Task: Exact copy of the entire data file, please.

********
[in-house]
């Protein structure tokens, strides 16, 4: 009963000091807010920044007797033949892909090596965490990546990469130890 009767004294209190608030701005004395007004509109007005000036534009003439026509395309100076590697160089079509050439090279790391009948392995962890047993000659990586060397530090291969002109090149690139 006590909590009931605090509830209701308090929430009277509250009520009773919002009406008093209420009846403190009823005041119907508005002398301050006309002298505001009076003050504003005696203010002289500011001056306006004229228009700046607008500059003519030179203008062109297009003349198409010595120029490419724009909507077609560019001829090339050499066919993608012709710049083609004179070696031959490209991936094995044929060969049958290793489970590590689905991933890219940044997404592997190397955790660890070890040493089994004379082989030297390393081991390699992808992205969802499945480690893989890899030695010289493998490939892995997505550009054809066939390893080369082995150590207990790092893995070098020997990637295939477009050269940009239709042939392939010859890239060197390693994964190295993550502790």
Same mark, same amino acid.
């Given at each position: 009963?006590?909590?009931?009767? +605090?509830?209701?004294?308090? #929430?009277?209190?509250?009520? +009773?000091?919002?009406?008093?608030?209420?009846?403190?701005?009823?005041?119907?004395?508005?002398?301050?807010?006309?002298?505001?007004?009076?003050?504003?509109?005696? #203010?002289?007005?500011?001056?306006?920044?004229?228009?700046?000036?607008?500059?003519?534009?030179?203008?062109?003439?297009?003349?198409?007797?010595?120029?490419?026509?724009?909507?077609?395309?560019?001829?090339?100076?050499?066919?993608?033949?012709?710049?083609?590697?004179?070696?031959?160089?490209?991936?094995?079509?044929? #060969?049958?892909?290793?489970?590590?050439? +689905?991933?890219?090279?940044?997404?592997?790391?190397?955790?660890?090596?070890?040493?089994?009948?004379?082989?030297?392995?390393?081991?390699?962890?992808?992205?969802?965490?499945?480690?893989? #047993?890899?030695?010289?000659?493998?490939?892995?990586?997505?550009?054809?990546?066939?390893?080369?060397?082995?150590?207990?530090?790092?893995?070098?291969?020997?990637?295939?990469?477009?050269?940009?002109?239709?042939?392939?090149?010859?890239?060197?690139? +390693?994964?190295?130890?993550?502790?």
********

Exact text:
[in-house]
């Protein structure tokens, strides 16, 4: 009963000091807010920044007797033949892909090596965490990546990469130890 009767004294209190608030701005004395007004509109007005000036534009003439026509395309100076590697160089079509050439090279790391009948392995962890047993000659990586060397530090291969002109090149690139 006590909590009931605090509830209701308090929430009277509250009520009773919002009406008093209420009846403190009823005041119907508005002398301050006309002298505001009076003050504003005696203010002289500011001056306006004229228009700046607008500059003519030179203008062109297009003349198409010595120029490419724009909507077609560019001829090339050499066919993608012709710049083609004179070696031959490209991936094995044929060969049958290793489970590590689905991933890219940044997404592997190397955790660890070890040493089994004379082989030297390393081991390699992808992205969802499945480690893989890899030695010289493998490939892995997505550009054809066939390893080369082995150590207990790092893995070098020997990637295939477009050269940009239709042939392939010859890239060197390693994964190295993550502790």
Same mark, same amino acid.
């Given at each position: 009963?006590?909590?009931?009767? +605090?509830?209701?004294?308090? #929430?009277?209190?509250?009520? +009773?000091?919002?009406?008093?608030?209420?009846?403190?701005?009823?005041?119907?004395?508005?002398?301050?807010?006309?002298?505001?007004?009076?003050?504003?509109?005696? #203010?002289?007005?500011?001056?306006?920044?004229?228009?700046?000036?607008?500059?003519?534009?030179?203008?062109?003439?297009?003349?198409?007797?010595?120029?490419?026509?724009?909507?077609?395309?560019?001829?090339?100076?050499?066919?993608?033949?012709?710049?083609?590697?004179?070696?031959?160089?490209?991936?094995?079509?044929? #060969?049958?892909?290793?489970?590590?050439? +689905?991933?890219?090279?940044?997404?592997?790391?190397?955790?660890?090596?070890?040493?089994?009948?004379?082989?030297?392995?390393?081991?390699?962890?992808?992205?969802?965490?499945?480690?893989? #047993?890899?030695?010289?000659?493998?490939?892995?990586?997505?550009?054809?990546?066939?390893?080369?060397?082995?150590?207990?530090?790092?893995?070098?291969?020997?990637?295939?990469?477009?050269?940009?002109?239709?042939?392939?090149?010859?890239?060197?690139? +390693?994964?190295?130890?993550?502790?």